Behind the Mask reports that the Nigerian Embassy in Germany responded to the international reaction to the passage of the same sex marriage prohibition by the Nigerian Senate with a statement on its website defending the Nigerian senate’s vote on the issue. The statement said,
“The debate on this issue, within and outside Nigeria, becomes an unnecessary distraction from the pressing need by the Nigerian government to deliver the dividends of democracy to its people through the provision of educational opportunities, healthcare, employment, basic infrastructure and access to justice.”
It is the Nigerian and other African country’s obsession with homosexuality, fuelled by Christian churches with the backing of right-wing Christian groups in the USA and UK particularly, that is diverting attention and energy from the needs identified as far more urgent. Those pressing for a new anti-gay bill in Nigeria have only themselves to blame for this.
“The government and people of Nigeria recognize the rights of individuals to live their lives as they please. The Nigerian state also has inalienable obligation to uphold public morality within the context of indigenous culture and traditions, which, in this case, may not necessarily be in tandem with those cultures and traditions Nigeria does not wish to challenge or even condemns.”
The government of Nigeria, were it to pass the bill, would clearly not be upholding the right of all Nigerians to live their lives as they please. The anti same gender marriage bill will impose intolerable restrictions on a minority group.
“Nigeria as a nation and a people, have rich culture, norms, traditions which forbid same sex marriage and or any form of sexual relations between same sex, and are prepared to maintain this age-long cultural heritage.”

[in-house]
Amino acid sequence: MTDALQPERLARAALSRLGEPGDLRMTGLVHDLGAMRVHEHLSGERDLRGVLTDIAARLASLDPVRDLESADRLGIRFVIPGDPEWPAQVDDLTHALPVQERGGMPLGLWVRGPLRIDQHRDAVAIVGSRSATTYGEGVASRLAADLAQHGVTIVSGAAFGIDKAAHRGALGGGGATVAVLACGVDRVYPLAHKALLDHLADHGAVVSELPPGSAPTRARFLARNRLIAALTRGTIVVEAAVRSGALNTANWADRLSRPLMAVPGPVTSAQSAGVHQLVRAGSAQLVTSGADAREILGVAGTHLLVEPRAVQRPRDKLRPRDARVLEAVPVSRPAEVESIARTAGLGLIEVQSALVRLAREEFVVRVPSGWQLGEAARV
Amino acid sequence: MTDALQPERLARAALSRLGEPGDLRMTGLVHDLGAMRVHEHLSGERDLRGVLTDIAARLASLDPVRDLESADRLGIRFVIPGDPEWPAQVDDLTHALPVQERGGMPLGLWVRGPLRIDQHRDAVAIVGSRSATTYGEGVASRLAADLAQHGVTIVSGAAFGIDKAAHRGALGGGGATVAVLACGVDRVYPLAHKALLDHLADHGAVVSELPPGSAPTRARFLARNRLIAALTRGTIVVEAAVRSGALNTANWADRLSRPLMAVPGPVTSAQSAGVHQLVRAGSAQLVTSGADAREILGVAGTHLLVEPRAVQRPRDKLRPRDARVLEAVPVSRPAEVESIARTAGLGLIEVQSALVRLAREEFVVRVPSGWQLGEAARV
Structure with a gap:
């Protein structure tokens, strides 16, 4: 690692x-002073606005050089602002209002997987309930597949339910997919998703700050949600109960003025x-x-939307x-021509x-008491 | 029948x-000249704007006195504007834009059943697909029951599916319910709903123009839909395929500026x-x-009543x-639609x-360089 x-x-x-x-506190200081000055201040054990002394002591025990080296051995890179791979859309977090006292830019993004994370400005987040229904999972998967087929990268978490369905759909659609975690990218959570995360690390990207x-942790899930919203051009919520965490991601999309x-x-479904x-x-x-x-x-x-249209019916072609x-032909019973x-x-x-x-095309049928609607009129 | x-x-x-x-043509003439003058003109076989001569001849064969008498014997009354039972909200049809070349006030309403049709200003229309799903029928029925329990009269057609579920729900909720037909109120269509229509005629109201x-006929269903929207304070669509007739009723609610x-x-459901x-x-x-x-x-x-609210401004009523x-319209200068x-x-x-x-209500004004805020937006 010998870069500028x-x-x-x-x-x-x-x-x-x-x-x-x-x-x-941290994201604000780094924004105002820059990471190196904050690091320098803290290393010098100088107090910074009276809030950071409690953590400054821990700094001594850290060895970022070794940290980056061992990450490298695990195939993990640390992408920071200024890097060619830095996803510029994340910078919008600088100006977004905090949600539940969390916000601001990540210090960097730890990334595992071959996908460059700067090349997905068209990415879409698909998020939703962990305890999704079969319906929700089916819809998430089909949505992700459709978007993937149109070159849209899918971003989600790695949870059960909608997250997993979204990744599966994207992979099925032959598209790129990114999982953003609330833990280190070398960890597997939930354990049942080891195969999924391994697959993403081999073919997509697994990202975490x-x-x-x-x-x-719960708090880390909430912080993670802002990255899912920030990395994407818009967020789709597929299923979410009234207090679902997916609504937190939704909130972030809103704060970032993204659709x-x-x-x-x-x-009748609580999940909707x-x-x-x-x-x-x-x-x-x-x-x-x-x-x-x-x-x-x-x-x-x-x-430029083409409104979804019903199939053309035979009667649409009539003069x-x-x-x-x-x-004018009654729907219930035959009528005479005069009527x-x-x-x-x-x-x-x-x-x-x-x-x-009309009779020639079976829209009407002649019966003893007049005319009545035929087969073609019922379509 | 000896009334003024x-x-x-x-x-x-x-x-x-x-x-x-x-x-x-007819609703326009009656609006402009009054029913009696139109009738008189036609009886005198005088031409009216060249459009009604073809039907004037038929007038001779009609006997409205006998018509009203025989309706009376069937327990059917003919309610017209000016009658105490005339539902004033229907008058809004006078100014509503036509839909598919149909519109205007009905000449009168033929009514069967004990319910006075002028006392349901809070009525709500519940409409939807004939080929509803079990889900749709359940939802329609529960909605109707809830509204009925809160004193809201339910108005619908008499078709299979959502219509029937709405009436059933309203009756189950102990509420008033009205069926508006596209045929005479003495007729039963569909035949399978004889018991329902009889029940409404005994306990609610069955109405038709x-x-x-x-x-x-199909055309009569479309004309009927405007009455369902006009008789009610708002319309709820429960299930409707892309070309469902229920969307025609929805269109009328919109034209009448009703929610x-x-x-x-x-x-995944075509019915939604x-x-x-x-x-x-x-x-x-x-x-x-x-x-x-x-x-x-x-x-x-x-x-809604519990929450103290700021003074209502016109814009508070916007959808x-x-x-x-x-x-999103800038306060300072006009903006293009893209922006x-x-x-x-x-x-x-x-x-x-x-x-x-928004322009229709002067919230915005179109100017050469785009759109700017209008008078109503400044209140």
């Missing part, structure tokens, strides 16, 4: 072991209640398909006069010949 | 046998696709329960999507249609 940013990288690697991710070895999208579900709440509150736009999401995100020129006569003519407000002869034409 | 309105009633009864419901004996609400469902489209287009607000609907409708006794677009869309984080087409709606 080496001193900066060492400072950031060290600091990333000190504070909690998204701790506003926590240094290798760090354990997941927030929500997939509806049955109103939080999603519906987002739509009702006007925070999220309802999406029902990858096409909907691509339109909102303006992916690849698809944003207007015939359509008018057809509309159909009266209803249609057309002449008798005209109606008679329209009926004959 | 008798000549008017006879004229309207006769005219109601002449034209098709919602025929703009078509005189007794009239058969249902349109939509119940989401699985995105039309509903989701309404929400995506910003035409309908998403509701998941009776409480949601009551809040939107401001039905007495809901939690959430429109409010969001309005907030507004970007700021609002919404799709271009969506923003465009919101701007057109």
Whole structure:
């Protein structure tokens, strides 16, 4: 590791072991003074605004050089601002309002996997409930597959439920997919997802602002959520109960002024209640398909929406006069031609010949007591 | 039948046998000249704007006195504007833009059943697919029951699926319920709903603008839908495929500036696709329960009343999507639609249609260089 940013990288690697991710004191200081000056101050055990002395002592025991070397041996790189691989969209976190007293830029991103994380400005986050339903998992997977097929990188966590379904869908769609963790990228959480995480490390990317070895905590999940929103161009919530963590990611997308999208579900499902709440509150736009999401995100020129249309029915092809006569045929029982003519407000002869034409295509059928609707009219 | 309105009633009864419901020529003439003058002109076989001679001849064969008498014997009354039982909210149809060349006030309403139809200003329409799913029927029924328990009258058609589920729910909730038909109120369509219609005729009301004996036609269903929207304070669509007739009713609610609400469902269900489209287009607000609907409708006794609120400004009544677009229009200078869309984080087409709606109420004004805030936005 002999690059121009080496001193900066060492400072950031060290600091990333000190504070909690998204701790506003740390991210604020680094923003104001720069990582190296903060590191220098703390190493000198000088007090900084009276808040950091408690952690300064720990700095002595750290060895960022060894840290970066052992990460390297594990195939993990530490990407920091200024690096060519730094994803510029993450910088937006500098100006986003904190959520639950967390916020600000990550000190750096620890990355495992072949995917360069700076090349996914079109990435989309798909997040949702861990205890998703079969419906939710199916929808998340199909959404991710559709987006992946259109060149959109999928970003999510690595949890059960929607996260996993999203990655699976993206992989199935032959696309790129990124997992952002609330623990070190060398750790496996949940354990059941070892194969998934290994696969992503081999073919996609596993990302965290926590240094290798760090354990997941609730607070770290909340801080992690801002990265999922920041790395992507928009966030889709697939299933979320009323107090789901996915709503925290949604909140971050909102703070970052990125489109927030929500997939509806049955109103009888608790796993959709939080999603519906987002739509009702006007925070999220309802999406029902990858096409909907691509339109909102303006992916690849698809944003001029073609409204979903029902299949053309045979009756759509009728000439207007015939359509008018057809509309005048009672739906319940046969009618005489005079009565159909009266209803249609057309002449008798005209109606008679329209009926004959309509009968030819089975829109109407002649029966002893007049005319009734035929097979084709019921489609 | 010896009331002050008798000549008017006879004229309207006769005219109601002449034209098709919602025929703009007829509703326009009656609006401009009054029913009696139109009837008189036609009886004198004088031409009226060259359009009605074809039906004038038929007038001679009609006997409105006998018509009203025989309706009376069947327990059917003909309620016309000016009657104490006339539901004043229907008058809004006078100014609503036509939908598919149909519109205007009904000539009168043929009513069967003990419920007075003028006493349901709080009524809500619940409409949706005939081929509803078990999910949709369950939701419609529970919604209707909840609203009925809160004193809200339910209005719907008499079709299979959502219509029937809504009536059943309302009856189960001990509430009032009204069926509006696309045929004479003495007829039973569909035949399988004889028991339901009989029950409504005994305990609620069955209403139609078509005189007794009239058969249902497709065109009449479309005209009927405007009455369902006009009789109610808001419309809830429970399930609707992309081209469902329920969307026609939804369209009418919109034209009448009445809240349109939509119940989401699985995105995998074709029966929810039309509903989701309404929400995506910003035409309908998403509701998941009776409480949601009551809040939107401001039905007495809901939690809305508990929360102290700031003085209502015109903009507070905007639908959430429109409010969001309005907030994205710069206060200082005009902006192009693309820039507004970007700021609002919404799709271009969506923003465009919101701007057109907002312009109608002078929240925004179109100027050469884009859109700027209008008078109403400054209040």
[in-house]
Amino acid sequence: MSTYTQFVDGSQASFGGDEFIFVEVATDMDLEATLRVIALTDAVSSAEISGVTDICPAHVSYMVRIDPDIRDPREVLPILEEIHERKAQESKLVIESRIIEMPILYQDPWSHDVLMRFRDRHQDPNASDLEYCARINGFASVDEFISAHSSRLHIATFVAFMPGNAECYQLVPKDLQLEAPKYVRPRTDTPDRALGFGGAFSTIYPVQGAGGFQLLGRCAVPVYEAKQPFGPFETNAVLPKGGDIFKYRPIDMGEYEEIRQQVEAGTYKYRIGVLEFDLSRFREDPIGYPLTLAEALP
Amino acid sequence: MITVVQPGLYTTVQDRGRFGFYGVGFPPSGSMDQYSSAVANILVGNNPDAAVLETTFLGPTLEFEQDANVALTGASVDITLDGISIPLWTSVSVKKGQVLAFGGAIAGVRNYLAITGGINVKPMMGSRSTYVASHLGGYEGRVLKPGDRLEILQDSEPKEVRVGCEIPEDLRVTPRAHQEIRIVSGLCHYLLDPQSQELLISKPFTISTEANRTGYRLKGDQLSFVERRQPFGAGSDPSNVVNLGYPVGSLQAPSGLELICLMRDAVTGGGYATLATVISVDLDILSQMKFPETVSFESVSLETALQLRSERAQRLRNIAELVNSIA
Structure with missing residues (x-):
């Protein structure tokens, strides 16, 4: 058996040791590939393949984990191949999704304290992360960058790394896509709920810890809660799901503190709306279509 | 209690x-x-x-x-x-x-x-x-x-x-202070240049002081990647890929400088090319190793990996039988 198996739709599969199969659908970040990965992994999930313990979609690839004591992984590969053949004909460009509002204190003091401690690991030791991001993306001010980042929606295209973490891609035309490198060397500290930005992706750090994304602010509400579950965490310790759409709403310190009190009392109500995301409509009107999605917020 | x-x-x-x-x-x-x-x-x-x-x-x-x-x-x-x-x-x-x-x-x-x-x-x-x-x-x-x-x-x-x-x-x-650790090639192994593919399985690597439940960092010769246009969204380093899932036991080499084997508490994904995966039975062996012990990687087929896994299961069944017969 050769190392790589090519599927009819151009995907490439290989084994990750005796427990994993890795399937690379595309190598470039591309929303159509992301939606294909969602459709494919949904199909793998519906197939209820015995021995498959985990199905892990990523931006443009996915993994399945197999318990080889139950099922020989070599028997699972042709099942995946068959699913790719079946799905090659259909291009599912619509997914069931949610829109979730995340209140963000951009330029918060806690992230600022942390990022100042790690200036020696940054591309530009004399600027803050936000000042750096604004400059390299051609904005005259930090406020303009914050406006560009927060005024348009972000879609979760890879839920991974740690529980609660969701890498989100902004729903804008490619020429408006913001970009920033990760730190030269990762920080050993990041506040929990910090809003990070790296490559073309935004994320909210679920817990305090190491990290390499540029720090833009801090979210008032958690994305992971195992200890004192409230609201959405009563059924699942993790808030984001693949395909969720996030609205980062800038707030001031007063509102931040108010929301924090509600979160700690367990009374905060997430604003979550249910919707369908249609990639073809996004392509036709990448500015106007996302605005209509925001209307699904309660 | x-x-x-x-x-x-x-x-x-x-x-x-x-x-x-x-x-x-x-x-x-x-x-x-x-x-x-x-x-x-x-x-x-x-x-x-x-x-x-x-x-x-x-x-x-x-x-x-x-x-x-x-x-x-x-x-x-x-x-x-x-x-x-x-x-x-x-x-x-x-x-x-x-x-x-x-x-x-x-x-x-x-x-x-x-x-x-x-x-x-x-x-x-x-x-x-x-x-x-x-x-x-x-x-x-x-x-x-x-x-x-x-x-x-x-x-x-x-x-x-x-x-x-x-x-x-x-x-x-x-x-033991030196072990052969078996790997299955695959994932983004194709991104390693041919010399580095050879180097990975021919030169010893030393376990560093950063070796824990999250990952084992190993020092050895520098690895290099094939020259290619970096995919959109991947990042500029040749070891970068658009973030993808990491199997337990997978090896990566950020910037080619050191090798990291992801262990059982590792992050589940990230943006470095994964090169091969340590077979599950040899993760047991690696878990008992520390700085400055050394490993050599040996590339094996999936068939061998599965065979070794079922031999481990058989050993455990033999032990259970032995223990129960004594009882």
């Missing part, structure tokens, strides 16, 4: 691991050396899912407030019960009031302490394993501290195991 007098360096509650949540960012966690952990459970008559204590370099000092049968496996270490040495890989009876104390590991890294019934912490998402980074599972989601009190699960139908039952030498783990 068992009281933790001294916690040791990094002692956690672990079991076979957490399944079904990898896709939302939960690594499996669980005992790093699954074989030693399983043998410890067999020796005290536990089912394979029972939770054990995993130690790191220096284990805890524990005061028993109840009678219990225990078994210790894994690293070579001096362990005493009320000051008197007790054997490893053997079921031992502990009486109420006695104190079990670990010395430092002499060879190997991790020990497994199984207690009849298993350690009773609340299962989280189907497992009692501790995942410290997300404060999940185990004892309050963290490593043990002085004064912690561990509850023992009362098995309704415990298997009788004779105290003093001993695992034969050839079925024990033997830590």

The law of Nigeria is based on the rule of law and the independence of the Judiciary, and also on British common law because of the long history of British colonial involvement. The legal system is therefore similar to the common law systems used in England and Wales and in other Commonwealth countries. This is why laws proscribing homosexuality are found in the majority of Commonwealth countries in Africa.
Same-sex relations in Nigeria pre-date British colonial involvement and are indigenous to Nigeria. The “rich cultural, norms, tradition which forbid same sex marriage” are a British import dating from the late nineteenth and early twentieth centuries.
Contradicting the previous paragraph the embassy continued
“Nigeria is an independent and responsible member of the international community, which recognizes and respects the inalienable rights of every individual within its jurisdiction to basic freedoms.
“The embassy, therefore, wishes to appeal for understanding on this matter, which it considers an internal affair of Nigeria and the Nigerian people.
“That as a matter of national and social responsibility, the Nigerian parliament, and indeed, all the arms of government of the Federal Republic of Nigeria have the responsibility to protect the customs and tradition of the people. The bill in question was passed by the Nigerian Senate in due consultations with respective constituencies. The other arm of national legislature (House of Representatives) is yet to pass the bill. Neither has the President of the Federal Republic assented to it.”